Your August 5 streetcar and Amendment 7 tax questions answered

Kansas City, Missouri’s August 5 ballot is one of the more convoluted documents to face voters in recent memory.

The city is holding the first of two elections to expand its streetcar project. But the ballot also includes a statewide measure to raise taxes for various transportation projects that affects the streetcar vote and its outcome. Let’s take a closer look.

What am I voting on?

Question A decides whether to create a transportation-development district for a huge swath of land south of the Missouri River. TDDs are usually used to develop far smaller projects, such as new shopping centers, by collecting additional sales taxes or special property assessments to defray the costs of construction.

The streetcar TDD generally extends south of the Missouri River to Gregory Boulevard, and east from State Line Road to Interstate 435. Brookside and Waldo were cut out of this TDD because the cost to run a line along Brookside Boulevard was expensive, and there was organized neighborhood opposition to the plan.

The expanded streetcar line would extend the 2-mile downtown tracks farther south, to the University of Missouri–Kansas City, with two lines branching off the Main Street artery that head east on Independence and Linwood boulevards. It would also add a MAX line along Prospect Avenue.

Only people who live in the proposed TDD get to vote on this one (sorry, Northlanders).

Would this increase taxes?

The August vote does not increase taxes. But it does set the table for a November vote on a 1-cent sales-tax increase.

It’s difficult to imagine that there are many people who would vote to approve a TDD but then turn around and reject the tax increase that would fund the project. When downtown Kansas City voters weighed in, on two different election dates to create the starter line, the voting percentages in both elections were roughly the same.

Would downtown taxes increase if both streetcar elections pass this year?

No. Downtown has already approved its 1-cent sales-tax increase and special assessments.

What about the rest of the expansion streetcar TDD?

Sales taxes outside downtown would increase, up to 1 percent. Commercial and residential properties within one-third of a mile of either side of the streetcar line would pay a special assessment (basically an add-on to property-tax bills) for up to 25 years. Nonprofits, which normally don’t pay property taxes, would also pay a special assessment if the August and November streetcar measures pass and their properties are worth more than $300,000. For example, the Frank Lloyd Wright–designed Community Christian Church, at 4601 Main, which has never paid property taxes, would owe $1,585 a year.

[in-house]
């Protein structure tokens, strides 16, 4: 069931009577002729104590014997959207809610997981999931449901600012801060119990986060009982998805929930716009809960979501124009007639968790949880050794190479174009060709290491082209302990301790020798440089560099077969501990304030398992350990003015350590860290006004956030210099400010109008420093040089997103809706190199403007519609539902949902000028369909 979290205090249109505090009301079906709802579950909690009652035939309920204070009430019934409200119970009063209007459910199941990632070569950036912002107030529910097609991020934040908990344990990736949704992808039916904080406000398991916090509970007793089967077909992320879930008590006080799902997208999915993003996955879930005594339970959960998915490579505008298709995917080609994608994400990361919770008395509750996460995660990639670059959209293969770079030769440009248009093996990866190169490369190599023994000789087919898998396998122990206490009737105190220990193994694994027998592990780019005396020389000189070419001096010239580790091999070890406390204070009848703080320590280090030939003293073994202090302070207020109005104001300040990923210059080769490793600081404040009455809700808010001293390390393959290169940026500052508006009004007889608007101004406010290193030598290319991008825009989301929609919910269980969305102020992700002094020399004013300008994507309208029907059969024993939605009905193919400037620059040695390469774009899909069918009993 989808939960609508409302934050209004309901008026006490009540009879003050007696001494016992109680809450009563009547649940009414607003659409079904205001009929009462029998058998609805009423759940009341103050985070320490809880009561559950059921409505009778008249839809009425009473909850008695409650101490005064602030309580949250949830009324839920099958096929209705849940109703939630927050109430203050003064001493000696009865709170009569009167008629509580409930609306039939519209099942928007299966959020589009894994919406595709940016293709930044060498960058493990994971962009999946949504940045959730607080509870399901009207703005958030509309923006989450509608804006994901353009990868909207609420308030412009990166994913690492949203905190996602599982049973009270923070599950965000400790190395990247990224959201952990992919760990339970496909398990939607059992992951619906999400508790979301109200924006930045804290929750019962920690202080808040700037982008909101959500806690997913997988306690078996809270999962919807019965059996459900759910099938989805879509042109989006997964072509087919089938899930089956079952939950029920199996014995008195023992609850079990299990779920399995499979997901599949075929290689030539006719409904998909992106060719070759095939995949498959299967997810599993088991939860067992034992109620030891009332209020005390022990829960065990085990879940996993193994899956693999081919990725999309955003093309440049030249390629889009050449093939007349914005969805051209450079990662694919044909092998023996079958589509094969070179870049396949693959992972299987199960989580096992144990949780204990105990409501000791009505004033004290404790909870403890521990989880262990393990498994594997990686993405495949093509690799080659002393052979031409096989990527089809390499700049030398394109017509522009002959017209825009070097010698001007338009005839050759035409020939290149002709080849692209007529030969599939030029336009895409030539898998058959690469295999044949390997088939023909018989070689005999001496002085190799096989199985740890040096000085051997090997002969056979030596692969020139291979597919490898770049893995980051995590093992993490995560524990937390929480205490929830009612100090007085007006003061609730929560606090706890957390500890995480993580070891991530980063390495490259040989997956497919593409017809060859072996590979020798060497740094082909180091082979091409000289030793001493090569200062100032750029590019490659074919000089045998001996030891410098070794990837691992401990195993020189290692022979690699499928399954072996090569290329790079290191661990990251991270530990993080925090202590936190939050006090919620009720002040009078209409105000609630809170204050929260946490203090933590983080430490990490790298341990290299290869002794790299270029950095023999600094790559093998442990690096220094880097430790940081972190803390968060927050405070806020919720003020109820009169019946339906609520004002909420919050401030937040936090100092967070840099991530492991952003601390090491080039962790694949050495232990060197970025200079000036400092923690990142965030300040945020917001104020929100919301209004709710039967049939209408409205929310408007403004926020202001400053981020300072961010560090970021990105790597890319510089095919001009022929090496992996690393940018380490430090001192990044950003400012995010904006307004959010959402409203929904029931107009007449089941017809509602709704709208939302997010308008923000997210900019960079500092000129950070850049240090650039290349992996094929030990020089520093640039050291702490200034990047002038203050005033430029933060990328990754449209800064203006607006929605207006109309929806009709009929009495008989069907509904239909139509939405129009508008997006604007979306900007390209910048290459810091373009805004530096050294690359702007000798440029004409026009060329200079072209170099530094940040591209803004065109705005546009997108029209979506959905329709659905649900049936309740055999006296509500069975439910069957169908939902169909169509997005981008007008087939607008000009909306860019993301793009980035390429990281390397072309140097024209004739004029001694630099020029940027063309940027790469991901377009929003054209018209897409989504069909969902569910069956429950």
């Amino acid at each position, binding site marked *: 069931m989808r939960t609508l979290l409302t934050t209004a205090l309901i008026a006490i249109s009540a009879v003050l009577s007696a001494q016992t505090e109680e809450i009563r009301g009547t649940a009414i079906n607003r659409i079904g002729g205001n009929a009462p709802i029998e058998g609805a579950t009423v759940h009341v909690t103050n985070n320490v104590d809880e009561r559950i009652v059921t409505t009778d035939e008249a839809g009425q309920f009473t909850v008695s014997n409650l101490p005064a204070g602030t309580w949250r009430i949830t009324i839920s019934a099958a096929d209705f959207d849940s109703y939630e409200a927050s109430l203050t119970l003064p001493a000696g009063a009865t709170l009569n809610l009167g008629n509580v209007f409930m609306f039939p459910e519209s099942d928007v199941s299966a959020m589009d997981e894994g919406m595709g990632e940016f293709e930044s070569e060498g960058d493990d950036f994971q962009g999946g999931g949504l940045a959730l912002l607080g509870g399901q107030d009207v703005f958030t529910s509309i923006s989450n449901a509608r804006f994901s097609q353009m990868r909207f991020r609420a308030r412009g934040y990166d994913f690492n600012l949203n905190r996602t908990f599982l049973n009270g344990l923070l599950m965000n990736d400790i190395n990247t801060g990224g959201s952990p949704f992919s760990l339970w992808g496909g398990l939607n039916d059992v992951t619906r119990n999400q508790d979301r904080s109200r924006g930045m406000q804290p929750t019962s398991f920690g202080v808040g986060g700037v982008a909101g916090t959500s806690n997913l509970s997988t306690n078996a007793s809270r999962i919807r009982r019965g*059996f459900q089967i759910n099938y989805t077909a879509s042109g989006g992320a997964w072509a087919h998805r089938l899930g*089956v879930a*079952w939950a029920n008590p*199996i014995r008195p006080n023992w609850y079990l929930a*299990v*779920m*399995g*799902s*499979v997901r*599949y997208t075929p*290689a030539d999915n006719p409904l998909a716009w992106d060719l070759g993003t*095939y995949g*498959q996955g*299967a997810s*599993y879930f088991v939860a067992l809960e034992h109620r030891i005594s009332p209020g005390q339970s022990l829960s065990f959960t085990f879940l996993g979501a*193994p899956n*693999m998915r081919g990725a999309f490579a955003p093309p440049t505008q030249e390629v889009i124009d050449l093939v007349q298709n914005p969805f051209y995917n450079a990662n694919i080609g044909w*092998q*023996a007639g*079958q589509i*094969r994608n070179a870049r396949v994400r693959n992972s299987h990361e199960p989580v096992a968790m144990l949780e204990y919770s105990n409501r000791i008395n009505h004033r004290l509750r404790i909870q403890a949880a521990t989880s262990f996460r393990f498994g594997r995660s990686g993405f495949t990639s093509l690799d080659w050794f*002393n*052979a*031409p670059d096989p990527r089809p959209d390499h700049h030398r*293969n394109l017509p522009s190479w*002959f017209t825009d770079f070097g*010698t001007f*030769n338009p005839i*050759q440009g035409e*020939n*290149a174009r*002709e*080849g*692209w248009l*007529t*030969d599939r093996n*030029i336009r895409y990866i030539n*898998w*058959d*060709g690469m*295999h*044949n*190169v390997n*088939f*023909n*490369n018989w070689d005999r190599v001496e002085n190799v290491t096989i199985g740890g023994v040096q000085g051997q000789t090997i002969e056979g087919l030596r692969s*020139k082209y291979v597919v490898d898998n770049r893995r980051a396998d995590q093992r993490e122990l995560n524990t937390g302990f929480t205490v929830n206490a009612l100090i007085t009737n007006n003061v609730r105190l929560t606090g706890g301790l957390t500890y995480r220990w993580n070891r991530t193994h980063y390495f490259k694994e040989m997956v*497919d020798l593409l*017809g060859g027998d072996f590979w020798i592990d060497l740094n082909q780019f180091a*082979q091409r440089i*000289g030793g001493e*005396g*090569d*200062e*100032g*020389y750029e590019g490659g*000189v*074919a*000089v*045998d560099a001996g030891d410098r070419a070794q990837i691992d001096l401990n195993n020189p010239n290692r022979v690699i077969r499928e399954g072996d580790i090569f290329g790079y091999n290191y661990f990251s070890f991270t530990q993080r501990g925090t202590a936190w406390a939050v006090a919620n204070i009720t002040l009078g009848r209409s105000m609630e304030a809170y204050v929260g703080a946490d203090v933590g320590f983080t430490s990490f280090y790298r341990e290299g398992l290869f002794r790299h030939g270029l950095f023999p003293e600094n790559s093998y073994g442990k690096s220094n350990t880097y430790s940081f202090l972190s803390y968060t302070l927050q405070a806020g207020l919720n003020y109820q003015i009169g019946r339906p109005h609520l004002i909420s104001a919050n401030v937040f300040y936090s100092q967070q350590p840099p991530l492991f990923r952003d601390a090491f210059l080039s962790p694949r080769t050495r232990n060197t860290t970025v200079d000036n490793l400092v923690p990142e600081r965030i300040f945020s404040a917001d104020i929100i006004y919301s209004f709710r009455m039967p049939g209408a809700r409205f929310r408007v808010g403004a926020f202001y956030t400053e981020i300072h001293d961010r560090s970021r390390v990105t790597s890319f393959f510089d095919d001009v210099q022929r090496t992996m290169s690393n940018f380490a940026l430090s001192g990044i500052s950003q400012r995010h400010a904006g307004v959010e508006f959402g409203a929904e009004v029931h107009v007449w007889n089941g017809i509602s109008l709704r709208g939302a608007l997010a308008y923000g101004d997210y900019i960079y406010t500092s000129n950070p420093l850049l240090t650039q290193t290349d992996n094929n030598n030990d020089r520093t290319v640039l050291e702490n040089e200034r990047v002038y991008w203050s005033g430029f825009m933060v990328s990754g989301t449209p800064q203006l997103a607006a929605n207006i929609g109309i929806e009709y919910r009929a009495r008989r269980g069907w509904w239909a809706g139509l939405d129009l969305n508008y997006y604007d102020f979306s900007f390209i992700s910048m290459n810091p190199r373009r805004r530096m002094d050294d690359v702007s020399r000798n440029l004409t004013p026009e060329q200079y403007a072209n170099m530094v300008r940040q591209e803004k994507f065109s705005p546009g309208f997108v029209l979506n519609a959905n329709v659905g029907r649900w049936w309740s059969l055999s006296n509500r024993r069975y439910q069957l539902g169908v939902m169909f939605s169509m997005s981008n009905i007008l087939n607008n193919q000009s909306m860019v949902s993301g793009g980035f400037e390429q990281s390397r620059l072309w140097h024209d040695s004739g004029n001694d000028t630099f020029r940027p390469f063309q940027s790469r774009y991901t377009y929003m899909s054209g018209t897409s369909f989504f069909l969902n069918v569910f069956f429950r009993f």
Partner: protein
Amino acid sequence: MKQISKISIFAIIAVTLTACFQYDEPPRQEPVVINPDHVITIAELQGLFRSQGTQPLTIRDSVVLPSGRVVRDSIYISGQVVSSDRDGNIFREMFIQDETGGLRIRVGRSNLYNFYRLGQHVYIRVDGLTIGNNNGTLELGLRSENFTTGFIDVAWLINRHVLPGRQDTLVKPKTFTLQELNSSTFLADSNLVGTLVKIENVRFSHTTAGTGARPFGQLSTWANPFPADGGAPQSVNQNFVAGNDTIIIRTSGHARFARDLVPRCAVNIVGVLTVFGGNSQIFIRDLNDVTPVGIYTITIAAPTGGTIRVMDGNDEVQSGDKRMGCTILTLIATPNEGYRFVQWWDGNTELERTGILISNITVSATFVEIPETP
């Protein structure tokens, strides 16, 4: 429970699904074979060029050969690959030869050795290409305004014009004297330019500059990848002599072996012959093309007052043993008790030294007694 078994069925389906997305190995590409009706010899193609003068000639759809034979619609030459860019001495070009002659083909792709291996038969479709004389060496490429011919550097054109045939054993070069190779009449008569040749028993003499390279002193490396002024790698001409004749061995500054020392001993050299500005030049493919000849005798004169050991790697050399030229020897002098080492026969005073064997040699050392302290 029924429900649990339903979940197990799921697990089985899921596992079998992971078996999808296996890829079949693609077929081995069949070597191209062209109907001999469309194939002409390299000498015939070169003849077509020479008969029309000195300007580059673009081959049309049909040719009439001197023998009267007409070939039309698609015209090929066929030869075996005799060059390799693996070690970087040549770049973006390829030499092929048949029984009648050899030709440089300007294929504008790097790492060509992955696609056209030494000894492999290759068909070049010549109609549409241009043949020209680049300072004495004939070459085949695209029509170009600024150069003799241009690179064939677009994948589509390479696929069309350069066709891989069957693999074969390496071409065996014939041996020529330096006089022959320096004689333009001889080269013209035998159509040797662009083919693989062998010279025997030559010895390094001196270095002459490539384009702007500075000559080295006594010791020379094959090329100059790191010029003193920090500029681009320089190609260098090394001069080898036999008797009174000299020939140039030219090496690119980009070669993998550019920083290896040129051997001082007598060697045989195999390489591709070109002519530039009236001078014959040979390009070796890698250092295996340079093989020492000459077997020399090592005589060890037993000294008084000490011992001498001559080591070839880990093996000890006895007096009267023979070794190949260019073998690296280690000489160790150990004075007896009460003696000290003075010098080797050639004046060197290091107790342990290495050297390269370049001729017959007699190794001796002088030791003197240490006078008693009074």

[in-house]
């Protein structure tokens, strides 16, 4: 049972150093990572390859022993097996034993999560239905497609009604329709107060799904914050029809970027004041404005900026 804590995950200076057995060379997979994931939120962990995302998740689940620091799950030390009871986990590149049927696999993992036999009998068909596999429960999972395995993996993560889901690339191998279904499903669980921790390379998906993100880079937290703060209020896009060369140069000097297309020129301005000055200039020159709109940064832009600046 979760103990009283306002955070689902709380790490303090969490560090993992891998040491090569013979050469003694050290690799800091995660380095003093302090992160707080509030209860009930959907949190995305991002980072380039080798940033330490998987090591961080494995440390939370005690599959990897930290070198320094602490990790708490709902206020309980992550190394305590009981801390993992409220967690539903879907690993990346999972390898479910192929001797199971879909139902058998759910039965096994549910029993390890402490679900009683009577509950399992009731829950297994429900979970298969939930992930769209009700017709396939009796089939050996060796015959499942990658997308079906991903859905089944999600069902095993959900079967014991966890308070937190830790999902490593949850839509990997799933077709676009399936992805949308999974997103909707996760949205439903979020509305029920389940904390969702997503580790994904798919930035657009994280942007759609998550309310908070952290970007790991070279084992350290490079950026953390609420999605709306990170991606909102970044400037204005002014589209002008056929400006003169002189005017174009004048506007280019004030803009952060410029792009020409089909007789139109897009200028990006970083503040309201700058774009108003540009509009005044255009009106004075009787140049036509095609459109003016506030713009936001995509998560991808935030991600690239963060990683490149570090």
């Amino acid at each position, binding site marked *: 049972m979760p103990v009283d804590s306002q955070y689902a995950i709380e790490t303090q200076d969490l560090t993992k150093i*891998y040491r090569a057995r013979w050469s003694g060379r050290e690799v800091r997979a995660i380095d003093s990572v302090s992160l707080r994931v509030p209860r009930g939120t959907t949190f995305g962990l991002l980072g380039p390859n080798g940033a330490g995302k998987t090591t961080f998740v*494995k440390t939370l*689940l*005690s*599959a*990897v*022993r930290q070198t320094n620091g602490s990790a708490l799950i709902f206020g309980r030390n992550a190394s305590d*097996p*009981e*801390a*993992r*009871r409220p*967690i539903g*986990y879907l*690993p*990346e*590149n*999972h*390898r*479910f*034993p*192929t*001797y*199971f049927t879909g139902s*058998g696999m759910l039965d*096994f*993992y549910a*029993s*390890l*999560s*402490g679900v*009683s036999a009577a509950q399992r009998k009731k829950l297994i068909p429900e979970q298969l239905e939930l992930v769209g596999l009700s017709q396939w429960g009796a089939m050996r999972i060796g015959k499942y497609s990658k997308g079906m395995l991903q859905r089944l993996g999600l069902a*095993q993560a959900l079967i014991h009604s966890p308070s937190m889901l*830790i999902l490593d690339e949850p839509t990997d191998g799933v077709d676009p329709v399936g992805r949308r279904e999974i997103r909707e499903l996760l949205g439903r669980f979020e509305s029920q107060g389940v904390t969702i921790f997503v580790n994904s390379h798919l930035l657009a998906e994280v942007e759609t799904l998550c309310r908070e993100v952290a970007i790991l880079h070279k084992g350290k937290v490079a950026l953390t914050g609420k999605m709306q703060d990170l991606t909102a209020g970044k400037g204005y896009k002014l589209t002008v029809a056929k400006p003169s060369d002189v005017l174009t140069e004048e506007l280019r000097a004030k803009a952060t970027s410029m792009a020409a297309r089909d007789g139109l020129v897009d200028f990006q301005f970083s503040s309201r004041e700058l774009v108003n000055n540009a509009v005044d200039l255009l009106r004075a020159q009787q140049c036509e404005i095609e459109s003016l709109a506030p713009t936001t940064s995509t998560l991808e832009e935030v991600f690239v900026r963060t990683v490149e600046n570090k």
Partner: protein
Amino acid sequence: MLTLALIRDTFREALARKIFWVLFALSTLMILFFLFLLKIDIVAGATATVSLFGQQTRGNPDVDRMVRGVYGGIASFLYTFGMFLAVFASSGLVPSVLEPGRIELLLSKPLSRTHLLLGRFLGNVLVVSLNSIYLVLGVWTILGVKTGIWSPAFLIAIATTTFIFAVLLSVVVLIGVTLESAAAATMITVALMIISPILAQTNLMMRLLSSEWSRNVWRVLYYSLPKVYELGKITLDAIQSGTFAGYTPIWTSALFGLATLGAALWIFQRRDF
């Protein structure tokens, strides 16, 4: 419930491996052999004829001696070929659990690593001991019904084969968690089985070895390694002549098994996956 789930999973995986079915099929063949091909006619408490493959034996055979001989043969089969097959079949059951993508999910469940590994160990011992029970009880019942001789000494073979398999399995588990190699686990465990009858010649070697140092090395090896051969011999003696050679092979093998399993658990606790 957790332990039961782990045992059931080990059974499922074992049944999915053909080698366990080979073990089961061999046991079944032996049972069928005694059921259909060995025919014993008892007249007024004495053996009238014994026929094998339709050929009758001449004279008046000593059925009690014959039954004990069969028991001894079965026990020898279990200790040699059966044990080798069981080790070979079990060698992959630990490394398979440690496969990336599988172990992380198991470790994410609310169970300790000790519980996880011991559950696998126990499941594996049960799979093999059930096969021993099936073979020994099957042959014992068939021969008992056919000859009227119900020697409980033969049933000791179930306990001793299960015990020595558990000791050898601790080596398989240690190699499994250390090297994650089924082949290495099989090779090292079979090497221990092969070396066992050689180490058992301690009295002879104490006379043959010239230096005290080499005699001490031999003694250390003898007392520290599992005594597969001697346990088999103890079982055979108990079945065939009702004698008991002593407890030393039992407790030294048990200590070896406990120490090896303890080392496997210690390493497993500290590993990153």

City-owned property also would be assessed — an oddity in the funding scheme. Liberty Memorial, for example, and the surrounding acreage on both sides of the tower, would be levied $4,455 a year.

What are some other examples of special assessments?

Union Hill Cemetery: $1,524
The Federal Reserve Bank building: $131,685
H&R Block headquarters: $15,084
City Hall: $44,928
Union Station: $8,889
InterContinental Hotel: $41,777
Plaza Vista office building: $81

Wait, Plaza Vista would owe only $81?

Plaza Vista, the former failed West Edge project and new home to high-power law firm Polsinelli, is a shiny, gleaming new building that commands perhaps the highest office rent per square foot in Kansas City. Doug Stone, a lawyer who represents the streetcar TDD (and is a former Polsinelli partner), says Plaza Vista’s assessment is low because the last time Jackson County set a value to the property, it was in its stalled, dilapidated, half-built phase, following Bob Bernstein’s attempt to turn it into a new headquarters for his advertising firm. When its tax value is next assessed (Jackson County looks at properties every two years), the property should be on the hook for six figures in assessments.

Other abandoned, decrepit buildings within the TDD zone will pay larger assessments than Plaza Vista. The old Joe Joe’s Italian Eatery, at 4216 Main, which was an empty building last year, is assessed at $304. The three empty lots to the south of Joe Joe’s (now refashioned into a bank) were also assessed at more than Plaza Vista.

Huh?

Though the uncompleted Plaza Vista building was virtually useless at the time of the assessment, it’s still prime real estate.
How do I know if my property falls within the assessment zone?

At nextrailkc.com/tdd-special-assessment-zone-map, click on your property. Keep in mind that the streetcar’s exact lines haven’t been finalized, so the assessment zone could change. The boundaries won’t be precise until the Streetcar TDD Board (which includes Mayor Sly James, Port Authority CEO Michael Collins and two of their appointees) crafts the final zone after the election (if the measures pass).